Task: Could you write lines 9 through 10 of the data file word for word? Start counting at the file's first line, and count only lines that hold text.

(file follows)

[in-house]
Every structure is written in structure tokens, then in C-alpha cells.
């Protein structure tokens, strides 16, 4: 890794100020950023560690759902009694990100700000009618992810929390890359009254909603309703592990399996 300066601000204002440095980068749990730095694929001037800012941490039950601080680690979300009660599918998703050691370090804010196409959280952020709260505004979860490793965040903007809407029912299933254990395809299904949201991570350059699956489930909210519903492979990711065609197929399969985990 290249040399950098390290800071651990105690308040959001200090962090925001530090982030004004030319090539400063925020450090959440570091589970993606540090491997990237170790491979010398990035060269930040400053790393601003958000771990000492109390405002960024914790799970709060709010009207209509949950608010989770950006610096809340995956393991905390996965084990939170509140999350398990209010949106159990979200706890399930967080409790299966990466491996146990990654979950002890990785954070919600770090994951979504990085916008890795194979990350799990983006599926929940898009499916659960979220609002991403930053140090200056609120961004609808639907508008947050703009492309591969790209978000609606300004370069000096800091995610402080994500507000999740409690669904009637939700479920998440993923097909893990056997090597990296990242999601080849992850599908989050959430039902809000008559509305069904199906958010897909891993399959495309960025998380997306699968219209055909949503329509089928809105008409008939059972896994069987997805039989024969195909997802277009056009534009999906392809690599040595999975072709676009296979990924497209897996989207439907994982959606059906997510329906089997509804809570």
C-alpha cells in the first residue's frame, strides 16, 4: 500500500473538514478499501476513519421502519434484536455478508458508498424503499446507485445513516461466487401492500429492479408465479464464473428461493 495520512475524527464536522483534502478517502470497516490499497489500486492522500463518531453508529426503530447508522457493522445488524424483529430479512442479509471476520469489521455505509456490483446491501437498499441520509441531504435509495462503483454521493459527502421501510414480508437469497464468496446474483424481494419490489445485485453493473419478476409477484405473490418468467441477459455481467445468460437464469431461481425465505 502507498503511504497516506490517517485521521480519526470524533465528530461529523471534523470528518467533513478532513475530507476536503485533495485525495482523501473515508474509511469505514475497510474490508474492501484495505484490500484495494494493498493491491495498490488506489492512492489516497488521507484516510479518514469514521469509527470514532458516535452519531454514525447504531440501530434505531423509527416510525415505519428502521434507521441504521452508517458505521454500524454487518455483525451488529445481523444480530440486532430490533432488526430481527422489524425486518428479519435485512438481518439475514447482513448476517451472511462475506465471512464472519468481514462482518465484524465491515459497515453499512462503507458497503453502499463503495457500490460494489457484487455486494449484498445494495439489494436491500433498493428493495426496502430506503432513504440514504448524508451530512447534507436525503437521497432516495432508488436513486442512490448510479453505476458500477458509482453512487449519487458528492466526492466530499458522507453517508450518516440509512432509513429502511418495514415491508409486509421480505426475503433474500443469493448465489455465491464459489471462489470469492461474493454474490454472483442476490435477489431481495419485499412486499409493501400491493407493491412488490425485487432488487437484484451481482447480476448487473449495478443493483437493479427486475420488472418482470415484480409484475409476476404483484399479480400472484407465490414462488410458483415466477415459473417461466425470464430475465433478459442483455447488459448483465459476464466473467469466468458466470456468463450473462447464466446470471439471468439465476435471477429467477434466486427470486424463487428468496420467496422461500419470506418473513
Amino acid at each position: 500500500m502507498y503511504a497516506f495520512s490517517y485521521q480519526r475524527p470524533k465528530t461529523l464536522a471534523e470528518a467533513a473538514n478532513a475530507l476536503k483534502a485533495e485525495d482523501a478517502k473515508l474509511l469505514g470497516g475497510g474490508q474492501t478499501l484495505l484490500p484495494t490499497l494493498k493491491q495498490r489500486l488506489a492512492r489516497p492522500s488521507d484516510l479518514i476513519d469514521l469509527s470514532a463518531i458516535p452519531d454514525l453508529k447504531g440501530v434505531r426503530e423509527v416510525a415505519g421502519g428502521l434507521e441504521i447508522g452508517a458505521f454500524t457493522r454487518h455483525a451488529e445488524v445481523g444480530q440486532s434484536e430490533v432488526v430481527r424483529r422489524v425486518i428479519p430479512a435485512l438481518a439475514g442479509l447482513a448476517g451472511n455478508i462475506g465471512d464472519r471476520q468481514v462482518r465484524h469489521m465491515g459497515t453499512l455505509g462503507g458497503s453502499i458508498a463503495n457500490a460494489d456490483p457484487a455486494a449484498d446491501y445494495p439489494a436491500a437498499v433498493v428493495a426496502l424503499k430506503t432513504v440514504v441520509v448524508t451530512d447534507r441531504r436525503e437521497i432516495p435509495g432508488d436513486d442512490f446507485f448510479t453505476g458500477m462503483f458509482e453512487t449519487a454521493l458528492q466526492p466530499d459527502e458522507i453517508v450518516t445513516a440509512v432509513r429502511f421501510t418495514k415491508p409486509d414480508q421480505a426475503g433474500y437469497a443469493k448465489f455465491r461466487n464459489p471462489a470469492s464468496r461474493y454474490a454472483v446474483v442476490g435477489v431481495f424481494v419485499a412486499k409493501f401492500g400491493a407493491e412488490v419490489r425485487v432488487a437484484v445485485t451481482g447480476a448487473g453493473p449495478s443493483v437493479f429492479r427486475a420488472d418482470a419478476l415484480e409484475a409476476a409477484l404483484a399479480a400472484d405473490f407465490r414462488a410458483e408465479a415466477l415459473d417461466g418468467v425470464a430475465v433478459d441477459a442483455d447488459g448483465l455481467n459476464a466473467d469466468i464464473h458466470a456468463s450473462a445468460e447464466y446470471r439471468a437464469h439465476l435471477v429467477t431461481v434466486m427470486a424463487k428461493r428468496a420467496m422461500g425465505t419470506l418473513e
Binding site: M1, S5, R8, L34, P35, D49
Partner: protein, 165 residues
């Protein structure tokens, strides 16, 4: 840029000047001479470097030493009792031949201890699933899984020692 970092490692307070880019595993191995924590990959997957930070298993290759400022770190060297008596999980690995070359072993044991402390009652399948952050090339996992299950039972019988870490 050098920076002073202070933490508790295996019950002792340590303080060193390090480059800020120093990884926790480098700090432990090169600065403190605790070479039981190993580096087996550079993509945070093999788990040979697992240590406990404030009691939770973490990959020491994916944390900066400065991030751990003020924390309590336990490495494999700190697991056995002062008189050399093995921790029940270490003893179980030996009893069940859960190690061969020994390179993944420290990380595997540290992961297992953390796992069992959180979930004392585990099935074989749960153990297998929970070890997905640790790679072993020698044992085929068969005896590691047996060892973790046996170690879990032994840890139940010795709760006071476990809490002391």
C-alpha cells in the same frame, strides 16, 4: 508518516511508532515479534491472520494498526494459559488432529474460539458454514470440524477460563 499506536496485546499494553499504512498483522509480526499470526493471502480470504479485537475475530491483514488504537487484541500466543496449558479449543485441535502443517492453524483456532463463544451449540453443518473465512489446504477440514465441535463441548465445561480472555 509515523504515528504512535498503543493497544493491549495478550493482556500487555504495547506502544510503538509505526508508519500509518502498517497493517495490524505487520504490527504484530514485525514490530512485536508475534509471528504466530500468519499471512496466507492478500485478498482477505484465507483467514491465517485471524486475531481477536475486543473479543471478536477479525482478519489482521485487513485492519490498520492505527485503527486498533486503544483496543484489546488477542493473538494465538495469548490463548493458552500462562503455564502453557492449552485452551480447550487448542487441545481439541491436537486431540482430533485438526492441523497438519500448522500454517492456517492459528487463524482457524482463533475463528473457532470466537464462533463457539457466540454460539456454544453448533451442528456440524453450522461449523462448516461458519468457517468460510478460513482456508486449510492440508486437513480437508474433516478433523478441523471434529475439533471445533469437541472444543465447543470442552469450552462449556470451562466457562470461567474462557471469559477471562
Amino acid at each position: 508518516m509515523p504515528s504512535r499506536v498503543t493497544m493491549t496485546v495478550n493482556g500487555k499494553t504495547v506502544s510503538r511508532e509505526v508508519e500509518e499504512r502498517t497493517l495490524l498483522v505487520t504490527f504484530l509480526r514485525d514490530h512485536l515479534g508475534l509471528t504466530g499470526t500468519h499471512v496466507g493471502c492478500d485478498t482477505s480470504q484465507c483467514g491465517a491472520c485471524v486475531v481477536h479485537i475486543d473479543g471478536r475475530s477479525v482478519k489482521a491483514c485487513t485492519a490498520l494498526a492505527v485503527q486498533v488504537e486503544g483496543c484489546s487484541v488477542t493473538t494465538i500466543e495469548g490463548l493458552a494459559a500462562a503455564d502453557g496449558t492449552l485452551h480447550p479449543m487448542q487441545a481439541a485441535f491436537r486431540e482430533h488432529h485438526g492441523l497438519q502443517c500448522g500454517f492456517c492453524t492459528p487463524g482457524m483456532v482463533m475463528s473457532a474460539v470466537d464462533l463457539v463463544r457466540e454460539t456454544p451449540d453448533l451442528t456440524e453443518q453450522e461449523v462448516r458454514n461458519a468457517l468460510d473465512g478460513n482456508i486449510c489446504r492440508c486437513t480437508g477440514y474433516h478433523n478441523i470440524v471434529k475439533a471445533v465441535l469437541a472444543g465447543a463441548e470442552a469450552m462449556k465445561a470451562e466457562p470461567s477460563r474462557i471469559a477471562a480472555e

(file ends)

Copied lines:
C-alpha cells in the same frame, strides 16, 4: 508518516511508532515479534491472520494498526494459559488432529474460539458454514470440524477460563 499506536496485546499494553499504512498483522509480526499470526493471502480470504479485537475475530491483514488504537487484541500466543496449558479449543485441535502443517492453524483456532463463544451449540453443518473465512489446504477440514465441535463441548465445561480472555 509515523504515528504512535498503543493497544493491549495478550493482556500487555504495547506502544510503538509505526508508519500509518502498517497493517495490524505487520504490527504484530514485525514490530512485536508475534509471528504466530500468519499471512496466507492478500485478498482477505484465507483467514491465517485471524486475531481477536475486543473479543471478536477479525482478519489482521485487513485492519490498520492505527485503527486498533486503544483496543484489546488477542493473538494465538495469548490463548493458552500462562503455564502453557492449552485452551480447550487448542487441545481439541491436537486431540482430533485438526492441523497438519500448522500454517492456517492459528487463524482457524482463533475463528473457532470466537464462533463457539457466540454460539456454544453448533451442528456440524453450522461449523462448516461458519468457517468460510478460513482456508486449510492440508486437513480437508474433516478433523478441523471434529475439533471445533469437541472444543465447543470442552469450552462449556470451562466457562470461567474462557471469559477471562
Amino acid at each position: 508518516m509515523p504515528s504512535r499506536v498503543t493497544m493491549t496485546v495478550n493482556g500487555k499494553t504495547v506502544s510503538r511508532e509505526v508508519e500509518e499504512r502498517t497493517l495490524l498483522v505487520t504490527f504484530l509480526r514485525d514490530h512485536l515479534g508475534l509471528t504466530g499470526t500468519h499471512v496466507g493471502c492478500d485478498t482477505s480470504q484465507c483467514g491465517a491472520c485471524v486475531v481477536h479485537i475486543d473479543g471478536r475475530s477479525v482478519k489482521a491483514c485487513t485492519a490498520l494498526a492505527v485503527q486498533v488504537e486503544g483496543c484489546s487484541v488477542t493473538t494465538i500466543e495469548g490463548l493458552a494459559a500462562a503455564d502453557g496449558t492449552l485452551h480447550p479449543m487448542q487441545a481439541a485441535f491436537r486431540e482430533h488432529h485438526g492441523l497438519q502443517c500448522g500454517f492456517c492453524t492459528p487463524g482457524m483456532v482463533m475463528s473457532a474460539v470466537d464462533l463457539v463463544r457466540e454460539t456454544p451449540d453448533l451442528t456440524e453443518q453450522e461449523v462448516r458454514n461458519a468457517l468460510d473465512g478460513n482456508i486449510c489446504r492440508c486437513t480437508g477440514y474433516h478433523n478441523i470440524v471434529k475439533a471445533v465441535l469437541a472444543g465447543a463441548e470442552a469450552m462449556k465445561a470451562e466457562p470461567s477460563r474462557i471469559a477471562a480472555e